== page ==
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Obituaries Obituaries and Death Notices of Russell County

Honaker Herald, Honaker, VA
Obituary of John Tazewell Howard

October 20, 1932


J. Taze Howard, 87, died last Thursday night at his home south of Honaker, following a brief illness of pneumonia. Rev. E. S. Stephens conducted funeral services from the home Friday afternoon and burial was in the family cemetery near by.

Mr. Howard served in the Confederate army and had the reputation of being a loyal soldier.

He is survived by three children: W. A. Howard, of Putnam; Mrs. Lizzie Nelson, of Richmond, and Mrs. Sallie Meade, who made her home with her father.

"Uncle" Taze loved everybody and was loved by every one. A friend pays him the following well-deserved tribute:

Death stands sentinel, grim, and inexorable, hostile and implacable, on the boundary line of the unknown. There is no counter-sign, no pasSword, for he is a foe to all who come - and all must come. His only command is "Halt." Death's fell stroke must descend upon all flesh. And so the grim reaper Death visited our midst on last Thursday evening and called from the ranks of that immortal thin gray line one of its gallant members. In the death of J. Taze Howard, Russell county has lost one of her most distinguished citizens, the common people one of their most charitable and loyal friends, and the hearts of all who knew him have been made sad by the passing of this grand old man. He lived, and loved, and laughed, and labored for his people and for humanity. He planted the flowers of mirth and joy in the hearts of others, and labored on until the winter of age whitened his head with the snow that never melts; but there was no snow upon his heart; 'twas always summer there. He would rather have had some bare footed boy whom he had fed and clothed to have come and dropped at ear upon his grave, than to have been buried with the pomp and splendor of kings. In war, in peace, he was ever the same, outstanding in character and Christian manhood, quiet and unassuming, kind and courteous to all and ever ready and willing to contribute of his means to those less fortunate in life.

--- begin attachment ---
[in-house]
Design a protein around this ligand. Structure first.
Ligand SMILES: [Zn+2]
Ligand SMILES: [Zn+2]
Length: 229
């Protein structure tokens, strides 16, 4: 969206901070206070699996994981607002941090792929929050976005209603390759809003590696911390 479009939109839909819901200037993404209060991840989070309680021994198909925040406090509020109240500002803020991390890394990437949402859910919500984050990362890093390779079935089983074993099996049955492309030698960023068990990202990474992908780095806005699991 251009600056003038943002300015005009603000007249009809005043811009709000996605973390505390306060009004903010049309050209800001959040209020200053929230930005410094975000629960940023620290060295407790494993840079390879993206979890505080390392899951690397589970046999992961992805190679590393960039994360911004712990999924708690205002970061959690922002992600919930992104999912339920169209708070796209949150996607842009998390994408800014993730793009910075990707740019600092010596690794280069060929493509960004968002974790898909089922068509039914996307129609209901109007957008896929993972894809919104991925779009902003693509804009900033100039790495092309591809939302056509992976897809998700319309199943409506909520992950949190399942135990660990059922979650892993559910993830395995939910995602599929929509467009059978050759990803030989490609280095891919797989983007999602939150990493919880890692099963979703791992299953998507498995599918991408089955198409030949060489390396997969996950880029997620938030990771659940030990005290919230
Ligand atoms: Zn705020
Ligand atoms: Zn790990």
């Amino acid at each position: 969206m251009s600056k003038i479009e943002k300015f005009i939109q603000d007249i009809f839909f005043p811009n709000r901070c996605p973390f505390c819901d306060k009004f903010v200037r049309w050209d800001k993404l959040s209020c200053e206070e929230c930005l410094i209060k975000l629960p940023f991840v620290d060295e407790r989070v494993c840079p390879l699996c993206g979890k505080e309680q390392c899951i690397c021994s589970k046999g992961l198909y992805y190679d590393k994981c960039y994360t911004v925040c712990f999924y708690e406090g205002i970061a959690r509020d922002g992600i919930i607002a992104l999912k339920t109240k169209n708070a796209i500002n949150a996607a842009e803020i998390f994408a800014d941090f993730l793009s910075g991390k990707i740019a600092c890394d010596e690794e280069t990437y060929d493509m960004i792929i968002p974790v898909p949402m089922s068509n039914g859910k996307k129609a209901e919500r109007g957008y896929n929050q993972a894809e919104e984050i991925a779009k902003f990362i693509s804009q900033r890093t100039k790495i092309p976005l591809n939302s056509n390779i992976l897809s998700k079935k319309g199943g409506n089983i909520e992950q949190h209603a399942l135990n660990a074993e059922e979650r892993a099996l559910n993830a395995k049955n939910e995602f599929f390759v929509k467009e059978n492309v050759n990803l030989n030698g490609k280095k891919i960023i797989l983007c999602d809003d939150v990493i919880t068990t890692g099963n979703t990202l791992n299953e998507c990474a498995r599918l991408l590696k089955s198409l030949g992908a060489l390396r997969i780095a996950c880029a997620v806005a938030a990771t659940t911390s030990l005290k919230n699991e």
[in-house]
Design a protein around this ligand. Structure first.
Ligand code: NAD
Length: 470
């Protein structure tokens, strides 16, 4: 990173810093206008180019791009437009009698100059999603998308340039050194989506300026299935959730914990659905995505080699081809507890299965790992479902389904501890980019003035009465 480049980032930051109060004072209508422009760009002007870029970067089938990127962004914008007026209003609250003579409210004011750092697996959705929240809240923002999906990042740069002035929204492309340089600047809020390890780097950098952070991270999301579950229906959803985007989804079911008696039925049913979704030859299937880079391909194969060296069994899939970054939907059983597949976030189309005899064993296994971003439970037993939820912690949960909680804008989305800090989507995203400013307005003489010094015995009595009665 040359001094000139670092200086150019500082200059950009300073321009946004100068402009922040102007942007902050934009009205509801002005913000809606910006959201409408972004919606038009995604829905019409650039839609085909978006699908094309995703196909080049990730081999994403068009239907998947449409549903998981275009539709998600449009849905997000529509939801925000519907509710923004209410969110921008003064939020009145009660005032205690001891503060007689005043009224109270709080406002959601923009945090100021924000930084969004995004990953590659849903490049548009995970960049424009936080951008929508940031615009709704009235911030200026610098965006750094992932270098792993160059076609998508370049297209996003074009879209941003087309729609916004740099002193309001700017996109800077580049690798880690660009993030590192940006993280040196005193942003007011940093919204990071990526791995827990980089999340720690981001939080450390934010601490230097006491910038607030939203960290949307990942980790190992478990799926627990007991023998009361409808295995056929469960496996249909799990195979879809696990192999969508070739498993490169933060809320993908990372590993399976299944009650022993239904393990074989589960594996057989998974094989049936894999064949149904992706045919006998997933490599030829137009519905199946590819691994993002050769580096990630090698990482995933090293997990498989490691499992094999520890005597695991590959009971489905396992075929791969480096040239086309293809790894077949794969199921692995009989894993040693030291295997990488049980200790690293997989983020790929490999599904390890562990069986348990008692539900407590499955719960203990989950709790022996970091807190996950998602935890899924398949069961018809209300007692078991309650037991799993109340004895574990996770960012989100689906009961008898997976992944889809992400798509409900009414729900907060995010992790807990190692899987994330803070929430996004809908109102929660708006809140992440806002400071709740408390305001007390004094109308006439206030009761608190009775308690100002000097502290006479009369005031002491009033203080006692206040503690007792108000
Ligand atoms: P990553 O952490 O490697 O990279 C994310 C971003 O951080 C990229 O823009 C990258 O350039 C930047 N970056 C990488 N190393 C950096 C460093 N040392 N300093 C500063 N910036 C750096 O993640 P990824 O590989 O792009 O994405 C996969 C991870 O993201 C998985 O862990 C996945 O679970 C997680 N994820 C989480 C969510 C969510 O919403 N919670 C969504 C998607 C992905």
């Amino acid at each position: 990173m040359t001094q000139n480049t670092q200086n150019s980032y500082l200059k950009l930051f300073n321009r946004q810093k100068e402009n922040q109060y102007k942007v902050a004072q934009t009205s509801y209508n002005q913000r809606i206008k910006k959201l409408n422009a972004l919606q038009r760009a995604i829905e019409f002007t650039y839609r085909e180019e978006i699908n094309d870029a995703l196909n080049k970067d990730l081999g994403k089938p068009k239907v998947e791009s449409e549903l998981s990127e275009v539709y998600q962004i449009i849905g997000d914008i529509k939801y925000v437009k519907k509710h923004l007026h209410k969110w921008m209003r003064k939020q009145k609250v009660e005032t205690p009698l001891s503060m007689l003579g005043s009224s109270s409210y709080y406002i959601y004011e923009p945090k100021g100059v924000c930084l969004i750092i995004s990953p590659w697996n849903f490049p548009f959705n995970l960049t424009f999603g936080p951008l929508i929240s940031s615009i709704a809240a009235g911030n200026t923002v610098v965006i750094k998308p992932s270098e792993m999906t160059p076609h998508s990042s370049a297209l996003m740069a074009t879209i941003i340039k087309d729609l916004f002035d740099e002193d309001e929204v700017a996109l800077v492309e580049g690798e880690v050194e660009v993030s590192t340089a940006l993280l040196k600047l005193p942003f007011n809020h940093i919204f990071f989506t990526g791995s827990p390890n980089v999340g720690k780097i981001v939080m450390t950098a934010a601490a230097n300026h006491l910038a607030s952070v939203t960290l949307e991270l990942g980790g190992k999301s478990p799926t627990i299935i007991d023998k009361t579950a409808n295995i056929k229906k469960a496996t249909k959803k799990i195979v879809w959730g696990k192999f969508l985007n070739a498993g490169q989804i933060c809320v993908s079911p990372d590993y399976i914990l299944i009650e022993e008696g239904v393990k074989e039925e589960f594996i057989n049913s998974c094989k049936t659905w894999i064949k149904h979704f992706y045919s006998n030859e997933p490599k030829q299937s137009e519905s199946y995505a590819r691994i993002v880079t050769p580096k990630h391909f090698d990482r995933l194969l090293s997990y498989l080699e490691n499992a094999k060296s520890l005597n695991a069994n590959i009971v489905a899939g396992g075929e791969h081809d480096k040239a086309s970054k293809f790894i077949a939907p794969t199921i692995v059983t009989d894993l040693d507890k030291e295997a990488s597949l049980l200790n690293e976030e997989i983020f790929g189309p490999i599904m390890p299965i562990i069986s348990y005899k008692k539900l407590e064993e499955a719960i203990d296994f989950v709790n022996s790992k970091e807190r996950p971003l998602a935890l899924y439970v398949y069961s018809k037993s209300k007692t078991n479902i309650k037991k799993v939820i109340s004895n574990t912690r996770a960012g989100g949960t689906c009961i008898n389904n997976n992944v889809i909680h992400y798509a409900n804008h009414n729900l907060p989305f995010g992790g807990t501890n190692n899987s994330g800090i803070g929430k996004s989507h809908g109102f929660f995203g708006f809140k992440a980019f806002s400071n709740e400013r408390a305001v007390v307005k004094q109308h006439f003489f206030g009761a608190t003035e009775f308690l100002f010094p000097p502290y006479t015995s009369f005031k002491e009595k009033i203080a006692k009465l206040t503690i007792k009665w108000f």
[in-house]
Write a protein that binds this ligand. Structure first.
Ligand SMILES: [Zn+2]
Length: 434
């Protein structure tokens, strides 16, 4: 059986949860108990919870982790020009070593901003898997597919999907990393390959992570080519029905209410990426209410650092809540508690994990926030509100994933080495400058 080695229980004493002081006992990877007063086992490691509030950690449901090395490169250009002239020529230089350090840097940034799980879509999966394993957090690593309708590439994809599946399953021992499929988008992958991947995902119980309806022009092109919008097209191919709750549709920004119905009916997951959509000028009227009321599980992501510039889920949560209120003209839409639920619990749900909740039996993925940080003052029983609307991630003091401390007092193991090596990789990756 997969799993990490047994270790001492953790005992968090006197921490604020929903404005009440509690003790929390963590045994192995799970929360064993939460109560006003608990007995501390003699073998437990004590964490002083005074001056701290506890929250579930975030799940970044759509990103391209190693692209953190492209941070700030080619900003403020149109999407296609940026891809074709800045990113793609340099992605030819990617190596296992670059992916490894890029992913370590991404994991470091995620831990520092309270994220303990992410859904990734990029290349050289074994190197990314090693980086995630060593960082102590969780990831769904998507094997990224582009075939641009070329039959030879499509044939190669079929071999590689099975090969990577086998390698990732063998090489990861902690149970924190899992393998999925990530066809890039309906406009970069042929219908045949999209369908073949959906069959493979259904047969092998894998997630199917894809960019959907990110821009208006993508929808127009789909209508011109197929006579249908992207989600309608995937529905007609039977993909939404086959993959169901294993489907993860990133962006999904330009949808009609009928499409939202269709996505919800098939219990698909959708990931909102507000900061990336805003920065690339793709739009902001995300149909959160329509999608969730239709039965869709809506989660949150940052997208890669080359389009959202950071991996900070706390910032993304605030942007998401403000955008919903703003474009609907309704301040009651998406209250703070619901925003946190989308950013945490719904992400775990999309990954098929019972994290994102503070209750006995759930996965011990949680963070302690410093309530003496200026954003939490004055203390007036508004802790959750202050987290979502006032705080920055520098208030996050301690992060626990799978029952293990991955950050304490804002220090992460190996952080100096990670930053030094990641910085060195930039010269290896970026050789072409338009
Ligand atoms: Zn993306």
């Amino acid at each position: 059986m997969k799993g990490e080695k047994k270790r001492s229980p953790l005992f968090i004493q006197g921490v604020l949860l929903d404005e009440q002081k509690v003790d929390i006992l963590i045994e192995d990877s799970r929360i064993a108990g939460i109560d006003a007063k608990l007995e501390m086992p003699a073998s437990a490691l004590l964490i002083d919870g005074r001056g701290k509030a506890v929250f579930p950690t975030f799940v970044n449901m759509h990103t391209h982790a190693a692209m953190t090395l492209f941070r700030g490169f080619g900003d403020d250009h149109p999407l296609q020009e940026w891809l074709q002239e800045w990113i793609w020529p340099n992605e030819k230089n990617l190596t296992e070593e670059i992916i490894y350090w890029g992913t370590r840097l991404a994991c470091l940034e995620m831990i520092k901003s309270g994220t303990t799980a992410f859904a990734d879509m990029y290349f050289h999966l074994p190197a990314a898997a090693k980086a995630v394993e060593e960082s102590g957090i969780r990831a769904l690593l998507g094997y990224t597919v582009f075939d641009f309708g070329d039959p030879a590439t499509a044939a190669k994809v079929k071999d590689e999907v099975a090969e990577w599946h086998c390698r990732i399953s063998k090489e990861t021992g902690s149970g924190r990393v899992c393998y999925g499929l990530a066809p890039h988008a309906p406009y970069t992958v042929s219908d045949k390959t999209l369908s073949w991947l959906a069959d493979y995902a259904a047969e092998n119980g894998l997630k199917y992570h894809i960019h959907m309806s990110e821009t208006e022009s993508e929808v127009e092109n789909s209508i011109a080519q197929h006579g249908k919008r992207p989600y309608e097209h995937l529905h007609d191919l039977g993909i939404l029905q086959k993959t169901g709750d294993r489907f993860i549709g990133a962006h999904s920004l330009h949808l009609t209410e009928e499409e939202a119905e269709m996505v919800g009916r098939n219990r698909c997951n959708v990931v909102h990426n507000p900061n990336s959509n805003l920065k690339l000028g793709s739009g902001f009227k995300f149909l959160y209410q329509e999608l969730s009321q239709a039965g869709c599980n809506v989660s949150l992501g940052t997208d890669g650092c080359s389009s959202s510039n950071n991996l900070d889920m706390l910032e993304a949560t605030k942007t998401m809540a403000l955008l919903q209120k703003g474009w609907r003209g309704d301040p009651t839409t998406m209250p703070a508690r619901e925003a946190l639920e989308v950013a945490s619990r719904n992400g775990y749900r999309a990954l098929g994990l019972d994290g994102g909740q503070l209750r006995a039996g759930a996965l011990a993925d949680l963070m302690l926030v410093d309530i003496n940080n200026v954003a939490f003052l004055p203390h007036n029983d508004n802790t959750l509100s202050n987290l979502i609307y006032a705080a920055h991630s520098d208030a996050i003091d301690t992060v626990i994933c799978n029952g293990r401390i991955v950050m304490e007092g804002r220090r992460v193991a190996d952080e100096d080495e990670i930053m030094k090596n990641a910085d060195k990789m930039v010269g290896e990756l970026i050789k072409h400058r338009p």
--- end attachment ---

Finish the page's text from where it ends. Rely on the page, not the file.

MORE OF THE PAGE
To his children I wish to say, that I would rather be left the legacy of the honorable name your father left you than to have all the gold in the world without it. After all what is life? What is Death? Today we hear a bird singing in the treetop; they tell us that is life. Tomorrow the bird lies cold and stiff at the root of the tree; it will sing no more; they tell us that is death. There is no death, the sun goes down to rise upon some fairer clime, so we know that somewhere beyond this world there is infinite power and eternal life. The blessed Christ who whispered "Peace" to the trouble waters of Galilee, has whispered "Peace" to the trouble soul of the departed soldier. There his tired eyes have opened to the light of a blissful immortality.


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